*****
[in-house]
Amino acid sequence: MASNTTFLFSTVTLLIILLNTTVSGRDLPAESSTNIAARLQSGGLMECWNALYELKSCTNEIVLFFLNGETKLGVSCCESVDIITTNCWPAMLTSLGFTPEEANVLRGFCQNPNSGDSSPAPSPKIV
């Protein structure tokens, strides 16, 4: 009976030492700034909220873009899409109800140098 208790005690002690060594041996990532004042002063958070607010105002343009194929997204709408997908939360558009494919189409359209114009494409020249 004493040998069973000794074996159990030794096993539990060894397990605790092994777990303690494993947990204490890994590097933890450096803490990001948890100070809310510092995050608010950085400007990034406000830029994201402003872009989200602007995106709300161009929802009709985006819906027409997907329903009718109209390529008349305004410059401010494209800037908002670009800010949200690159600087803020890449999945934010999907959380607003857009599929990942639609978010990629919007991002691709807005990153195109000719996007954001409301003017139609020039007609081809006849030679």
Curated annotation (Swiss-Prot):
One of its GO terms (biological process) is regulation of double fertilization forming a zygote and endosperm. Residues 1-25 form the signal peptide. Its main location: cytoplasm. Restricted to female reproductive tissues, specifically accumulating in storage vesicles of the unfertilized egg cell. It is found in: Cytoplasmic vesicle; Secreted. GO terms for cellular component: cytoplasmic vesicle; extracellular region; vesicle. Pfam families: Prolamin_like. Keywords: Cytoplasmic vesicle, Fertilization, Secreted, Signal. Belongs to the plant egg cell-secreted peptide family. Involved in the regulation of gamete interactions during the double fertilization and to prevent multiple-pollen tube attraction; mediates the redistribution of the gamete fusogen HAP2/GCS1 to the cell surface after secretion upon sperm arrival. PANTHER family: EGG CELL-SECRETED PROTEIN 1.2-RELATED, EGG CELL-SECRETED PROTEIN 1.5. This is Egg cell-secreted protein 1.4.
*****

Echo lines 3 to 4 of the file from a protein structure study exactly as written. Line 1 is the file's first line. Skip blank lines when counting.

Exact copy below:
């Protein structure tokens, strides 16, 4: 009976030492700034909220873009899409109800140098 208790005690002690060594041996990532004042002063958070607010105002343009194929997204709408997908939360558009494919189409359209114009494409020249 004493040998069973000794074996159990030794096993539990060894397990605790092994777990303690494993947990204490890994590097933890450096803490990001948890100070809310510092995050608010950085400007990034406000830029994201402003872009989200602007995106709300161009929802009709985006819906027409997907329903009718109209390529008349305004410059401010494209800037908002670009800010949200690159600087803020890449999945934010999907959380607003857009599929990942639609978010990629919007991002691709807005990153195109000719996007954001409301003017139609020039007609081809006849030679």
Curated annotation (Swiss-Prot):